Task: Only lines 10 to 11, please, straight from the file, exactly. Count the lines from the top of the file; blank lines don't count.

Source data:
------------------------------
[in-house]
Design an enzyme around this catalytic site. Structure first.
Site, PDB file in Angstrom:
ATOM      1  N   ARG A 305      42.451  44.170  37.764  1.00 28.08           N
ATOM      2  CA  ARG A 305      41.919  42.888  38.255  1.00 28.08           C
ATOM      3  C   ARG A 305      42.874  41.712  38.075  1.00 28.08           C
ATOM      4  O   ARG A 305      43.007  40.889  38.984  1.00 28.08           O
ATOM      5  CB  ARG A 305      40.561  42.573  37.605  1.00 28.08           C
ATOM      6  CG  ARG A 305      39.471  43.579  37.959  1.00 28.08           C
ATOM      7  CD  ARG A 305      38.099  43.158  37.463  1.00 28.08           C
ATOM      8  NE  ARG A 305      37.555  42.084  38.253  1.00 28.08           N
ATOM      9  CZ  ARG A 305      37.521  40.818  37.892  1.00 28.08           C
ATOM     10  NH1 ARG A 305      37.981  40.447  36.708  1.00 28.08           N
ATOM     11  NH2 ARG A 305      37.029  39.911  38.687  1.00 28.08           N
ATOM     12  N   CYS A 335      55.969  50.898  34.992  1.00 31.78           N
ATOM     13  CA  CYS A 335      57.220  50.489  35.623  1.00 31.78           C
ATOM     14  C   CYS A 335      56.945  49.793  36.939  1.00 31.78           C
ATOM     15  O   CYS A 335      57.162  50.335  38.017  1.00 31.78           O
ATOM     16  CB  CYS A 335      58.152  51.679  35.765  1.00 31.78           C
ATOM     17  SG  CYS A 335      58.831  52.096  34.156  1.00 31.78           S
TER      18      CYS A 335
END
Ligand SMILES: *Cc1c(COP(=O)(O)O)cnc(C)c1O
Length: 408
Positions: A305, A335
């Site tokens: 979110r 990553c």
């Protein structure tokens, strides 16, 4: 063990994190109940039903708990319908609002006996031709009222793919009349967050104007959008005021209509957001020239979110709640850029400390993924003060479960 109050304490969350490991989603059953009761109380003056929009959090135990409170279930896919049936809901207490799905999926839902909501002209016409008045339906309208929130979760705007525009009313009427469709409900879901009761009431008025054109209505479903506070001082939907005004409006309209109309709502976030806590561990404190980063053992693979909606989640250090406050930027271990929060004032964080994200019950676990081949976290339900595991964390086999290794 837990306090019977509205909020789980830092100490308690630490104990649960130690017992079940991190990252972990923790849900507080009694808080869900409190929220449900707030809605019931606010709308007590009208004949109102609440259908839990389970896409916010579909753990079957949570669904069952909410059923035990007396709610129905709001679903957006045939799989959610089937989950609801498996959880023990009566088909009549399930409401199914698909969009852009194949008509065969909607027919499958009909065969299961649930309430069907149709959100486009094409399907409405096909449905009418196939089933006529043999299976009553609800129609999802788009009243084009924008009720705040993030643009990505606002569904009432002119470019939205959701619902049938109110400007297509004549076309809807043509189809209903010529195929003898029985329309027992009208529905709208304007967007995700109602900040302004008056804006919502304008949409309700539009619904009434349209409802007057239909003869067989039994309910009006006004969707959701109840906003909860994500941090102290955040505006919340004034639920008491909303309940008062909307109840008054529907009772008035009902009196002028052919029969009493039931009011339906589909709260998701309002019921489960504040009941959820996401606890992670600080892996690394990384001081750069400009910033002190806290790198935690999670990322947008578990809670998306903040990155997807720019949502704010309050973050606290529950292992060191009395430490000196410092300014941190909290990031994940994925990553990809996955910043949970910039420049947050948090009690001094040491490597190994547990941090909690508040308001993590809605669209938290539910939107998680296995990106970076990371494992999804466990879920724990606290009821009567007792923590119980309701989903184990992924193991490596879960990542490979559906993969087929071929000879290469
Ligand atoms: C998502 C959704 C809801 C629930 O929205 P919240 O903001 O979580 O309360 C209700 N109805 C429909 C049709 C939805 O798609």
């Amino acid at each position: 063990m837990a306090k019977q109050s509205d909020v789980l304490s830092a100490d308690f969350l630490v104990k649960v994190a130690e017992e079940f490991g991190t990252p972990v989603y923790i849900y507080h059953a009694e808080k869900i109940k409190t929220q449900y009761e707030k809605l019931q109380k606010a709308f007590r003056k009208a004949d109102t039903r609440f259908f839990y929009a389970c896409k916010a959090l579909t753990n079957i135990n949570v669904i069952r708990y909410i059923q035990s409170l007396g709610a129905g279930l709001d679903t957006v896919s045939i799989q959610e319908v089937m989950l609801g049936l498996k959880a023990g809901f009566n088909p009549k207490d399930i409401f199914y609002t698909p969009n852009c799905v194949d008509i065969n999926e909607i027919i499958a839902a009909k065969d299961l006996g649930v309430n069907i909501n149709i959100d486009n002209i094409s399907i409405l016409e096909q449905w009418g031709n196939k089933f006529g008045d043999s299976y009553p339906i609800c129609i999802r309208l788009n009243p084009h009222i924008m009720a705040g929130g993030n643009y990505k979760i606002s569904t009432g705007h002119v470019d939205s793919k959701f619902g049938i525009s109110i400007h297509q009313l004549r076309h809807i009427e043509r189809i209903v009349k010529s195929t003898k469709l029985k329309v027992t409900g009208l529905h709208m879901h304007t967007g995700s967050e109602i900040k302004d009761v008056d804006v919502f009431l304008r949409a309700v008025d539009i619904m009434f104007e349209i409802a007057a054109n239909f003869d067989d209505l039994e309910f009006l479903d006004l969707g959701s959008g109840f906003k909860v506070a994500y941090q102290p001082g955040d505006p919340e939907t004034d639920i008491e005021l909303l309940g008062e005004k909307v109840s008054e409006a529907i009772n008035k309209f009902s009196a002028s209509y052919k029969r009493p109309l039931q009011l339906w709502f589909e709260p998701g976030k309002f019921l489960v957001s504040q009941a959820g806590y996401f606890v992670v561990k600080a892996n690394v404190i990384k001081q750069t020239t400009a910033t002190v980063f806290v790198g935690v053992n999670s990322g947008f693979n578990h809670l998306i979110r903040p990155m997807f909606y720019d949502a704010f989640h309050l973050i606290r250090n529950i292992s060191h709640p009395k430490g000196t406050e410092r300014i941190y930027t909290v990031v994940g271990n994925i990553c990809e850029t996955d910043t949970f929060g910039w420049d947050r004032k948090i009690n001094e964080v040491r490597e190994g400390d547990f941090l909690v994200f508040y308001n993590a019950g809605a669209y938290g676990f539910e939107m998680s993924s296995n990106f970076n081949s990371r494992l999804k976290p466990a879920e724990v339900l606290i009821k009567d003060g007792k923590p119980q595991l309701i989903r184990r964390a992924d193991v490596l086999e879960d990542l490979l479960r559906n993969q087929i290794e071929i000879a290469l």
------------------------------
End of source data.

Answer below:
ATOM      7  CD  ARG A 305      38.099  43.158  37.463  1.00 28.08           C
ATOM      8  NE  ARG A 305      37.555  42.084  38.253  1.00 28.08           N